Our process allows the use of a much greater quantity of agricultural waste (chips, weeds, or straw) than other methods.
We keep changing our recipe, experimenting with new ideas, but the following should give you a very sturdy mix:

For purposes of working out formulas, I always start with one bucket of chips/weeds/straw and call that 10 parts,
by volume (we find that formulas measured by volume are much easier to reproduce than formulas by weight).
Our mix is as much as 50% chips, weeds, or straw. We use this material because it is freely available and because
all those pieces strengthen the mix. We use a random mix, striving for some variation in the size of the pieces.
If broken glass is used, that would be part of the 50%.

We used to begin by adding the lime to the chips or weeds, but we have found that it is better to mix up the
lime, clay, sand and cement with water and then add the chips or weeds. We recommend three parts of lime (15%),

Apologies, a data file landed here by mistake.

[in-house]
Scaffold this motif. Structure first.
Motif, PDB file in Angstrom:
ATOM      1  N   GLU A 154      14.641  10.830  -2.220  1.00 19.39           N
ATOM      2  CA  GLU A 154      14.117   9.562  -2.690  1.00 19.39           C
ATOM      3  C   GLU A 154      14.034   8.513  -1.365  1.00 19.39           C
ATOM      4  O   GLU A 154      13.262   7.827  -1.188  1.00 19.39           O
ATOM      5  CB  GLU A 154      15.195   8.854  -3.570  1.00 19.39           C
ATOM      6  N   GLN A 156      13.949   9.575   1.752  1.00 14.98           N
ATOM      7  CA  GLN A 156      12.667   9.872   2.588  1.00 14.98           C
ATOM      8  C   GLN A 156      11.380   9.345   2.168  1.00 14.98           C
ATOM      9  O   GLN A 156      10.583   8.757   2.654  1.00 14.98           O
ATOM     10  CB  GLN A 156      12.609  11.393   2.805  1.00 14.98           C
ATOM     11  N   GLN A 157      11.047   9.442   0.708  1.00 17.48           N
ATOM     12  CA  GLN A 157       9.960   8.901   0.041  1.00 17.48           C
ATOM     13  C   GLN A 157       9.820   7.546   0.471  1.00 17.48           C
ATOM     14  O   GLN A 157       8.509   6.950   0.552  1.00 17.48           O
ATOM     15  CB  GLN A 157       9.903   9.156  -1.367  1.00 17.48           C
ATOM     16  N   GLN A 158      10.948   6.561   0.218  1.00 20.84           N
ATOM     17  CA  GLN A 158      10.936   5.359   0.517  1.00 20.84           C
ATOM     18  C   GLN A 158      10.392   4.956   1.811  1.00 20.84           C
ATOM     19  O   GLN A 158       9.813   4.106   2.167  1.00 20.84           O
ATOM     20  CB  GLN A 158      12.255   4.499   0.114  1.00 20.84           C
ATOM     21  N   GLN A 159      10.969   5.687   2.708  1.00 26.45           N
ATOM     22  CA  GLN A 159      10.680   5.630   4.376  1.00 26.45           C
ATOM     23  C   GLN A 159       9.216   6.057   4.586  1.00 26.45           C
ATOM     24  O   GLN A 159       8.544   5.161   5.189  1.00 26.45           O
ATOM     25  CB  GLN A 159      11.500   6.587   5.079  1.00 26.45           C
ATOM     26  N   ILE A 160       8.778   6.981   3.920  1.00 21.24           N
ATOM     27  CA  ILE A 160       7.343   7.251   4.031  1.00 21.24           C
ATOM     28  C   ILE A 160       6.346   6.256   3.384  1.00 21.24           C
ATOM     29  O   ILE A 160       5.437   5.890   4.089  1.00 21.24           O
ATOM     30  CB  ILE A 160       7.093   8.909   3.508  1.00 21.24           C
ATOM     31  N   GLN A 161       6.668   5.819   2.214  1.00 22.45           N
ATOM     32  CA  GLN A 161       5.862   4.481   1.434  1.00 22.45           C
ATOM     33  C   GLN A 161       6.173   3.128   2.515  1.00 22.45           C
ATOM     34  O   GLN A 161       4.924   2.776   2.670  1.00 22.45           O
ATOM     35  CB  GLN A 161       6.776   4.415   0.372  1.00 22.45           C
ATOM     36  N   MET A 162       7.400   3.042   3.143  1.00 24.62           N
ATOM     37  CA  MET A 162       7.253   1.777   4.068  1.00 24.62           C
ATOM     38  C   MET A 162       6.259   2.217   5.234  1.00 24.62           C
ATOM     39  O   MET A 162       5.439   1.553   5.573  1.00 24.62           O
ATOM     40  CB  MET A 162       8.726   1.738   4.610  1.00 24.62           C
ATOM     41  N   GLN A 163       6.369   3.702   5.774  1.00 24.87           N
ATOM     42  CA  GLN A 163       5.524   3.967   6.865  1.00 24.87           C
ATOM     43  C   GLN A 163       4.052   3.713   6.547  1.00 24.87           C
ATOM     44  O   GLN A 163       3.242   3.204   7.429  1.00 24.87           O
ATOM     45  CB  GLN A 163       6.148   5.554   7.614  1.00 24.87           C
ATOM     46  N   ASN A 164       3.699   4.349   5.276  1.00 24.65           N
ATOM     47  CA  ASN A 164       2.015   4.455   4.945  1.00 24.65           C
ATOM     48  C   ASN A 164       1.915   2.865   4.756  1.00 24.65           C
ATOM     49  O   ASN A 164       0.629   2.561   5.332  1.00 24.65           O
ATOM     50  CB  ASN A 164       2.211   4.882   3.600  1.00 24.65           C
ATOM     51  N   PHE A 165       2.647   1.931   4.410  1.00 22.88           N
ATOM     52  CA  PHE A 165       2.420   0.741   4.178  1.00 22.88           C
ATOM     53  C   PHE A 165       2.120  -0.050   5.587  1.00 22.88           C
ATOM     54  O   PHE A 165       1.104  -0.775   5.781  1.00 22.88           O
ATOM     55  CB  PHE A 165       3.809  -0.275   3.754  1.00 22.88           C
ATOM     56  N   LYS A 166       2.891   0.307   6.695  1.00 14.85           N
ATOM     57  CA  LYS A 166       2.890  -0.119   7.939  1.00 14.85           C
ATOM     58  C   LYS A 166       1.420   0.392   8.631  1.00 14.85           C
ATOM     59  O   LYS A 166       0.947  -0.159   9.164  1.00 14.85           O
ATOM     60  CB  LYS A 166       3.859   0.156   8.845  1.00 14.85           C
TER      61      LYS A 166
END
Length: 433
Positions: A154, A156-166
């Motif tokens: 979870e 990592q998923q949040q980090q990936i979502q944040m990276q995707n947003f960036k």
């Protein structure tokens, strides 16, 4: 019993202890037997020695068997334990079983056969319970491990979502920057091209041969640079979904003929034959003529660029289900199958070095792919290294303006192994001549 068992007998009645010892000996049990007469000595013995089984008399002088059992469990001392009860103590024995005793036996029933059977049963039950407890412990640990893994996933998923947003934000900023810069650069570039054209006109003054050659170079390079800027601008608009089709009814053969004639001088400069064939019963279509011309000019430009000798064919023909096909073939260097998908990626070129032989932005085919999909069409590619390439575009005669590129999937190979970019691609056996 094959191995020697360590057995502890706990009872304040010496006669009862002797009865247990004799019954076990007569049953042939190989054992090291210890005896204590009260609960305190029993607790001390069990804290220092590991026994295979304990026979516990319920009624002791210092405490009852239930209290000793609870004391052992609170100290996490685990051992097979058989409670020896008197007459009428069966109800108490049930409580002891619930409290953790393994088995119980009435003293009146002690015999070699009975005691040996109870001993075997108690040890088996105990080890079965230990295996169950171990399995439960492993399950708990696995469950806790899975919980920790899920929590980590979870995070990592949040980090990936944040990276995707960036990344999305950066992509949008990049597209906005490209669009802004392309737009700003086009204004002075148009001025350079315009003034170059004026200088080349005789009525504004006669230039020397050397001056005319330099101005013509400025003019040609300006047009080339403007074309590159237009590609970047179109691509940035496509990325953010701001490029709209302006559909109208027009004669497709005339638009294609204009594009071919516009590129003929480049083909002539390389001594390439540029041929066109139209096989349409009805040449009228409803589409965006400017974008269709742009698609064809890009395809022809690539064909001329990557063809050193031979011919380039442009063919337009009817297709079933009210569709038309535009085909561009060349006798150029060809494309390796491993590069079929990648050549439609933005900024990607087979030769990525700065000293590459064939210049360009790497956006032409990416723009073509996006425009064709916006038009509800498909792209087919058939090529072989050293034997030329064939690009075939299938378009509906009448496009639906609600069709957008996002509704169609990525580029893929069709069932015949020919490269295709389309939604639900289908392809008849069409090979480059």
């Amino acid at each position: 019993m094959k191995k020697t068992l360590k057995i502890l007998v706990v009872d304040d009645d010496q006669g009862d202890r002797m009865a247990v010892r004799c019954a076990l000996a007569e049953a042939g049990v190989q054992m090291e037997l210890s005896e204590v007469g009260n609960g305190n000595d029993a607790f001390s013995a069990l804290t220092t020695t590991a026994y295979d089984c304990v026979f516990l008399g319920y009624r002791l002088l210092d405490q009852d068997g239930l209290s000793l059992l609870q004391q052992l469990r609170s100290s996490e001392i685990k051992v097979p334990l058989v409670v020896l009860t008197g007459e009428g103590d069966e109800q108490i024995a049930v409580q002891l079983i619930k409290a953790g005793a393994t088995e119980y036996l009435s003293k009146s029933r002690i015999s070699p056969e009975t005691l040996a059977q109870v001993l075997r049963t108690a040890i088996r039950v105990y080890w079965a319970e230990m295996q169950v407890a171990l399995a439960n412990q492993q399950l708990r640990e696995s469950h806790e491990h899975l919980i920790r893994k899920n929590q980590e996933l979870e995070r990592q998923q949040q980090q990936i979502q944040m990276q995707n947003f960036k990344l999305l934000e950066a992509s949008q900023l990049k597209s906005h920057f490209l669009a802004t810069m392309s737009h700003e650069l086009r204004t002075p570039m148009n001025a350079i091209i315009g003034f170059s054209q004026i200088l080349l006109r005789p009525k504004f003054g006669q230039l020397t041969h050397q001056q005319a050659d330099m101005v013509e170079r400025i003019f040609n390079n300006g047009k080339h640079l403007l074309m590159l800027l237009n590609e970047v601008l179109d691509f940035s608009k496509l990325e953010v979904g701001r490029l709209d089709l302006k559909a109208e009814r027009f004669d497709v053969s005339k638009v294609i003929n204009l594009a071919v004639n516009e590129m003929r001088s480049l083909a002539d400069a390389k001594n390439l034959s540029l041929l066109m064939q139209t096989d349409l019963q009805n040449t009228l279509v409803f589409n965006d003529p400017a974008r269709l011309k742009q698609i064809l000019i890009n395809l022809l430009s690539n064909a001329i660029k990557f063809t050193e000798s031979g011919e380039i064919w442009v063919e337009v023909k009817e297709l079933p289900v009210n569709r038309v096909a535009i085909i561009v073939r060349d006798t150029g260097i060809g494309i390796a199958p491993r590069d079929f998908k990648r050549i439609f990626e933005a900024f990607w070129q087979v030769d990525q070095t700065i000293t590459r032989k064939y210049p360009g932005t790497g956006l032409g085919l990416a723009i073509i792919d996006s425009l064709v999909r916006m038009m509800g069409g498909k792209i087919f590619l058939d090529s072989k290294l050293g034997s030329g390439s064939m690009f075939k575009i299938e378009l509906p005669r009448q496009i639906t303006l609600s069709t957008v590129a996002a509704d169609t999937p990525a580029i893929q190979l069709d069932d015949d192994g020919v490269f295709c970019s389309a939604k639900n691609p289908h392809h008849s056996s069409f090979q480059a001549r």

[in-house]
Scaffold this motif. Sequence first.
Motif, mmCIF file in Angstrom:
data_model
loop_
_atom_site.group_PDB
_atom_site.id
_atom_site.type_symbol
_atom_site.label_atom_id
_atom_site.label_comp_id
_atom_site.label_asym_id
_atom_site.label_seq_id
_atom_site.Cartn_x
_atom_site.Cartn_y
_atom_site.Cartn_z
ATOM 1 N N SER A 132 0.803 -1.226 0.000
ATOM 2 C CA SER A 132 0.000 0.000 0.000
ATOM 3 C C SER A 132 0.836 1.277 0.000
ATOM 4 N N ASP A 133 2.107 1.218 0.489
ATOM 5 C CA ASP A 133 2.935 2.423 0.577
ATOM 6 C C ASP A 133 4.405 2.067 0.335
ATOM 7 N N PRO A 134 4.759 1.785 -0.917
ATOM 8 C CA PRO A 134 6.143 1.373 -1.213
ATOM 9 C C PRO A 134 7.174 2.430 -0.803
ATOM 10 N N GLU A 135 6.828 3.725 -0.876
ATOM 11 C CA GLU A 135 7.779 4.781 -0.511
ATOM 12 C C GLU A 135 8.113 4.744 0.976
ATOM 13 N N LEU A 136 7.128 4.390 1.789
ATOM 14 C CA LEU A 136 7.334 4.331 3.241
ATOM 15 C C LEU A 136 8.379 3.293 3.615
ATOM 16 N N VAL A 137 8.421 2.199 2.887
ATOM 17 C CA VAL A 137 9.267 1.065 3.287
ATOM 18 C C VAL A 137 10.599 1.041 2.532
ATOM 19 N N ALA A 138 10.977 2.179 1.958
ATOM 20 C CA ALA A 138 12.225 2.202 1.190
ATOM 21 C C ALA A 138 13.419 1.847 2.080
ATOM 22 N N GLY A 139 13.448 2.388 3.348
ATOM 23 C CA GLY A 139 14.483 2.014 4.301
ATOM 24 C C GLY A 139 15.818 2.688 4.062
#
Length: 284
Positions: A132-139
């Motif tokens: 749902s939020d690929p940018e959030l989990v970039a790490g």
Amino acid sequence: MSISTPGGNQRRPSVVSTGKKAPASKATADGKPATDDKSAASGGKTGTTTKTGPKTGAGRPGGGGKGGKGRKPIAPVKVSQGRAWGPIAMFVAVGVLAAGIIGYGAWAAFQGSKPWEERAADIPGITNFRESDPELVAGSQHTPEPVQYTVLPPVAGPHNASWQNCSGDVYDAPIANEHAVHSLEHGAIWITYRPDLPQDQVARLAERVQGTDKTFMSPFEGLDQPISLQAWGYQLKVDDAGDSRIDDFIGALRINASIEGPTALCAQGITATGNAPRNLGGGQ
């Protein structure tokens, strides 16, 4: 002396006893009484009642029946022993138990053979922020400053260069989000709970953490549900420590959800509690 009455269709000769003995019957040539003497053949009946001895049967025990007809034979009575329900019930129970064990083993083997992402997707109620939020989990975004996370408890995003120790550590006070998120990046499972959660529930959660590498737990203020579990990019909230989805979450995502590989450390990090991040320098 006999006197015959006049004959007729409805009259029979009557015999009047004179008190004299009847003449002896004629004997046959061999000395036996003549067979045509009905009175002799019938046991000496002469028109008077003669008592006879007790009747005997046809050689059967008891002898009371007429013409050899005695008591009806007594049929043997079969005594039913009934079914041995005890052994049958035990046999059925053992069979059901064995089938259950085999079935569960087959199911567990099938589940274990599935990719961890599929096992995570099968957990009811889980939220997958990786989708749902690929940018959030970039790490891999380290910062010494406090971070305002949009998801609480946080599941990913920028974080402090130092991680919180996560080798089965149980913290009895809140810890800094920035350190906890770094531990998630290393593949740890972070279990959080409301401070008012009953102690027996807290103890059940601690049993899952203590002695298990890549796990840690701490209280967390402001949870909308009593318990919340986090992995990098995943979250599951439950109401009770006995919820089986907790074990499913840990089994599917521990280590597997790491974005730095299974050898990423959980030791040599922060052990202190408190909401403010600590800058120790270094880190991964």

a total sand/clay portion of about five parts (25%), and about two parts Portland cement (10%).

There you have it — this mix works very well for us, but you can modify it in many directions.

You can add chipped up paper and cardboard to extend the mix, but it makes it softer and weaker.
You could add more sand and clay, more lime, less cement, broken bottles, floor sweepings,
old clothes (shredded), broken toys . . .

We pour on site in wooden forms, which are removed the following morning, but you could also press bricks and mortar
them together with the above mix, leaving out the chips, weeds, and/or straw.

You can apply a top coat of lime plaster, which is just lime water with fine sand, to smooth out the surface.
For a really smooth inner surface, you could add gypsum to the plaster, along with any natural pigments.

May 7, 2002 —

As I look over what I have written earlier, I see that we still use a very similar mix, although we often use even more chips — up to 2/3 of the total volume.

But I would like to add that, while pouring in forms works just great for foundations, for building walls I would recommend making bricks first. I want to construct a form in three pieces — a piece of plywood with two permanent 2″ x 6″ sides attached, and two sets of parallel 2×6″ dividers, with interlocking notches, to make up a mold for 64 bricks. Fill the mold with agstone, and the next morning you can gently move the fresh bricks to a spot to finish drying/curing. In this way, you can keep up a production of 64 big bricks per day for a building project (if you need more, use multiple molds).